Anyway your results look very interesting. ShellyBot has a high score for a ram bot and if you look at the damage of Walls :). Looks like Leeroy has good roots with his high survivability if he get some 1v1 energy management or better 1v1 skills he could raise some % i guess. MarksRobot is well prepared for your competition, damage, survival and some ram are all well.
I wish you luck and fun and maybe you can keep us in the loop about your rumble :)
I've created a page for anyone interested in following our competition.
Better than straight averaging/fitting would be something like RANSAC. It would find trends in the data even if there is a lot of noise.
Funny you mention RANSAC... a few months back during a computer vision class I was thinking about using multiple separate runs of RANSAC to identify multiple moving planes, by running the RANSAC algorithm again over the points discarded by the first runs of it...
Which I am now amused by because even though I didn't know of RANSAC at the time, I now realize that the algorithm I proposed on oldwiki:Rednaxela/MultiplePlaneRegressionClustering would at a superficial level behave similarly to detecting multiple planes with RANSAC. I'm now suddenly tempted to try to incorporate something like that into a robot...
I looked at some higher-dimensional RANSAC algorithms a while back for my masters, and it seems that RANSAC gets really slow and much less accurate as the dimensions go up. So if you give it a try, keep your dimensions down =)
Hmm, sounds like a job for principal component analysis to me... I'm curious, did you ever consider trying something like that that with it?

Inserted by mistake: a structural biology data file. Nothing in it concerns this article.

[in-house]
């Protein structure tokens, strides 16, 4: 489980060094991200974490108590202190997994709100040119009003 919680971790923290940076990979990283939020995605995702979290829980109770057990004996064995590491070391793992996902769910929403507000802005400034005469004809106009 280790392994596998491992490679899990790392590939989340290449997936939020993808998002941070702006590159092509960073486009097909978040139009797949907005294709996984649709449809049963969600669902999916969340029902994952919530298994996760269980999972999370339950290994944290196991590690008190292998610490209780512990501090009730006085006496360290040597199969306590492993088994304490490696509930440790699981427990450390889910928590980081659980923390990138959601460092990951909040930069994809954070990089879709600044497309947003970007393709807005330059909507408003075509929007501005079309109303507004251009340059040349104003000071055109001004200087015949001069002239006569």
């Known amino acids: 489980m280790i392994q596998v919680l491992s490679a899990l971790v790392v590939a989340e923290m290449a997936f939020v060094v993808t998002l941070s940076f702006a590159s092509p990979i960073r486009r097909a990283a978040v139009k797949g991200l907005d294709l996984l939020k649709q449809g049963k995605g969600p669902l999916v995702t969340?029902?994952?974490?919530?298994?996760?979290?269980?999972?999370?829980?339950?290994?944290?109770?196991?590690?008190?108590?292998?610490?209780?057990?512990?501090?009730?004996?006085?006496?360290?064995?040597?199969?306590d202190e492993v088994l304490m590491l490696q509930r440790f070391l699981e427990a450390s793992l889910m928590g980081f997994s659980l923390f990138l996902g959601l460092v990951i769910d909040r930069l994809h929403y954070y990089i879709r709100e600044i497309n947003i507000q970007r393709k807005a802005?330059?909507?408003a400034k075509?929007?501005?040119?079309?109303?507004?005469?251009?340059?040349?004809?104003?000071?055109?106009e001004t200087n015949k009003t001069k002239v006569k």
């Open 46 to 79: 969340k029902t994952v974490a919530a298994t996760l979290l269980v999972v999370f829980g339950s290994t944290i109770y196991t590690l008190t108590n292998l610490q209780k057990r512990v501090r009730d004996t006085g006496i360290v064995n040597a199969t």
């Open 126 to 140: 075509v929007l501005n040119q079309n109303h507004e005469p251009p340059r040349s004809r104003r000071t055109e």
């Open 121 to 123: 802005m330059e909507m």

No, I never tried it with Robocode. I think using PCA has all the disadvantages of regular regression - it uses all of the noise, which is what RANSAC specifically avoids. Especially in a robocode targeting environment, where the noise is typically greater than 50%.
Hmm, good point. Interestingly, upon doing a google search for PCA and RANSAC in the same context, I found some cases of a generalized PCA being performed using a RANSAC-style algorithm.
Maybe a good approach for dimensionality reduction would be doing offline processing on some large data sets, using a RANSAC-style algortihm to find principal components to use for the online algorithm with the tighter speed requirements...
I'm looking forward to seeing where this idea might go. Are you still thinking of it in a robocode context? I was thinking, even if you correctly identified several movement patterns, would it have any advantages over a pattern matcher?
My thoughts with this actually went more in a process-after-extracting-cluster type algorithm for KNN in order to accurately interpolate what value to shoot at given a set of adjacent-in-n-space values. I think it would be much better than weighting scans by 1/distance or whatever other weighting scheme gets used, as the noise could be eliminated based on location instead of distance and only the trends would be chosen, much like how a histogram allows one to select the highest peak rather than just taking the mean of all the scans. I think it would require fairly large clusters (200 or so points at least), but it could net fairly large gains against the right data patterns.
That way of using is exactly what I was proposing years ago in the last major paragraph of oldwiki:Rednaxela/MultiplePlaneRegressionClustering, though I think you word it much more elegantly than I did :-)
("To use this data of the lines, you simply take every data point, shift it's GuessFactor by however much the formula for the plane it is clustered with says it should be shifted, and then use a kernel density algorithm on these shifted values....")